As an oldie to garden writing but a newbie to social media, I have discovered that Twitter can make life fun. It adds a new dimension to watching the Superbowl or the Grammy Awards but more importantly, Twitter grants you access to gardening experts and current information. There are several hour-long chats on Twitter related to some aspect of gardening, every day of the work week. This past Monday was a holiday so I was able to participate on #plantchat for the first time.
On Mondays, from 2:00 to 3:00 p.m. EST, Corona Tools hosts #plantchat, which is a great way to learn more about plants, gardening, and horticulture. Corona Tools (@CoronaTools) lines up a guest and a specific topic. The first few minutes are spent on introductions; people can elect to tweet where they live or their hardiness zone; most comment on the weather. I use tweetdeck to keep up with the conversation because it enables me to focus only on the plantchat conversation; not other tweets. Except for your internet connection, a twitter chat is free; all you have to do is sign in to Twitter and tweet using #plantchat. You don’t have to tweet; you can just read the conversation. With some chats, a transcript is available if you miss the live chat (as I have in the past when I am at the office). For #plantchat, @CoronaTools uses Storify to provide the recap.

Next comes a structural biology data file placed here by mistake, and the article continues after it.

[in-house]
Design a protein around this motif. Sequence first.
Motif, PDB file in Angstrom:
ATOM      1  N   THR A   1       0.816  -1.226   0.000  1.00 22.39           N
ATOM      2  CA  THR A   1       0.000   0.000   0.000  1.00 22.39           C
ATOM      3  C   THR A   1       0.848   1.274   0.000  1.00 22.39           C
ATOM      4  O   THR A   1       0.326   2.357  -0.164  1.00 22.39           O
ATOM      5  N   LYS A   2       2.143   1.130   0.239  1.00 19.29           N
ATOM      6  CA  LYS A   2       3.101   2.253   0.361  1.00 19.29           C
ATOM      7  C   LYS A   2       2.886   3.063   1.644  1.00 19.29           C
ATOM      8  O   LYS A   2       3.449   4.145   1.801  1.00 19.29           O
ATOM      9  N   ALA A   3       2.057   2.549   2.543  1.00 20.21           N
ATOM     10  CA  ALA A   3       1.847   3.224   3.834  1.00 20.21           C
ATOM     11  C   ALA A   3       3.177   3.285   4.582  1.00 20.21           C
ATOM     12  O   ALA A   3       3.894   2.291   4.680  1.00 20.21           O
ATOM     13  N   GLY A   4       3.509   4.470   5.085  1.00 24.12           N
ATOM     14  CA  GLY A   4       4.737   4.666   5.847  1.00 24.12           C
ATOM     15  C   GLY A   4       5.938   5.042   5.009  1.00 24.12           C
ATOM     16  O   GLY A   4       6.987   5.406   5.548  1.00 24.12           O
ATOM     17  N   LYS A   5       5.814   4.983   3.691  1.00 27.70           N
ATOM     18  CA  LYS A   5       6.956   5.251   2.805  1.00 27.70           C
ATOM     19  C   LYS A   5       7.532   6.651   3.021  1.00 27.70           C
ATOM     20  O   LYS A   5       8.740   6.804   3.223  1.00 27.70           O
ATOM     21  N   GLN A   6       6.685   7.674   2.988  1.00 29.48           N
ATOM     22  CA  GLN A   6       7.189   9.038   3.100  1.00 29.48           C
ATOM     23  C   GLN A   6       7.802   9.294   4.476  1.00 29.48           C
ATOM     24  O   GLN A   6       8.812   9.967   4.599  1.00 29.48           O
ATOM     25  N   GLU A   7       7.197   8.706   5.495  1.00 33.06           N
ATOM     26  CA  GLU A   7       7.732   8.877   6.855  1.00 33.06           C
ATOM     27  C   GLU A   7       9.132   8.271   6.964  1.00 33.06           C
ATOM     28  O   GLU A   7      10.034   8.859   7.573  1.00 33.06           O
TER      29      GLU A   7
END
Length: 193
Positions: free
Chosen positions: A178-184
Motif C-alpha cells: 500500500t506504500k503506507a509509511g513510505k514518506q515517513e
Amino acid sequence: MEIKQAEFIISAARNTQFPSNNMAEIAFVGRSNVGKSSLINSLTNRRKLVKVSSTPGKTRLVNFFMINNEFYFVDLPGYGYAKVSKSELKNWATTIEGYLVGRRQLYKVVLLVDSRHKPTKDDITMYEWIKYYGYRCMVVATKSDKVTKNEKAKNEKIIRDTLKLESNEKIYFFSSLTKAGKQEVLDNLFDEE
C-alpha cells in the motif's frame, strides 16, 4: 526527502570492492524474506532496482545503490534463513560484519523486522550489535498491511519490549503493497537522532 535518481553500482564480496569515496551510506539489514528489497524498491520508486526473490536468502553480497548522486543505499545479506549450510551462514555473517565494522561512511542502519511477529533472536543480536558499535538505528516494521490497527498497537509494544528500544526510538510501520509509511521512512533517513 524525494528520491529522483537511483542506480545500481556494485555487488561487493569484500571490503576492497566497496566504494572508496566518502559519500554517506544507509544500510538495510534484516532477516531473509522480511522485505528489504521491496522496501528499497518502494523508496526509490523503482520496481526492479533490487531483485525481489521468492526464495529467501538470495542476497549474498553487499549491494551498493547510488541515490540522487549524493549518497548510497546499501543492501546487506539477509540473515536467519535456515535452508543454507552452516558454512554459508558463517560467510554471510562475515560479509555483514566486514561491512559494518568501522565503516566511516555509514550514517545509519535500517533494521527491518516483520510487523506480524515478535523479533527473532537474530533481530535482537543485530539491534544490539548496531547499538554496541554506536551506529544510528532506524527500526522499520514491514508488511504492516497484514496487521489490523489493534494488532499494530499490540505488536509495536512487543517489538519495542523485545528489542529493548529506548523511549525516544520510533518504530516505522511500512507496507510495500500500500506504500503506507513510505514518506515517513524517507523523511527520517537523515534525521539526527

This Monday’s guest was Rodale Institute (RI) and the topic was medicinal plants and herbs in the garden. I tweeted a question specifically to Rodale Institute about Echinacea. I knew the roots were beneficial in preventing or stopping a cold because I tried it years ago but wanted to know if the new cultivars on the market were equally effective. @RodaleInstitute first said: “General immune booster but most wait till symptoms start to take it. Prevention is best!” The person then responded: “Generally, it’s the Echinacea purpurea, other cultivars don’t carry the same quality at the same strength,” which is just as I had suspected but where else would I get such a quick answer from a leading expert? As people chatted, I learned the benefits of tulsi (holy basil) tea (reduces stress and anxiety) and the fact that comfrey and yaupon holly tea are anti-inflammatories. Someone recommended elderberry syrup for cough and cold, which led to another person chiming in that lemon balm makes a great tea and soothes the throat and stomach. Another person explained that stevia, an herb, can be used as a sweetener. I explained how I grow dill and cilantro in the cool months and someone said that cilantro provides Vitamin K, antioxidants, and phytonutrients. This was a paradigm shift; an herb such as cilantro may not be used for treating an illness but in addition to culinary benefits, it may act as a preventative.
Try out a Twitter chat, each are a little different but all are fun and educational.
Monday: #plantchat, 2-3 pm; #gardenchat 9-10 pm
Tuesday: #treechat 2-3 pm; #pollin8rchat 9-10 pm
Wednesday: #landscapechat 2-3 pm; #seedchat 9-10 pm; #rosechat 9-10 pm
Thursday: #herbchat 2-3 pm
Friday: #groundchat 2-3 pm
Eastern Standard Time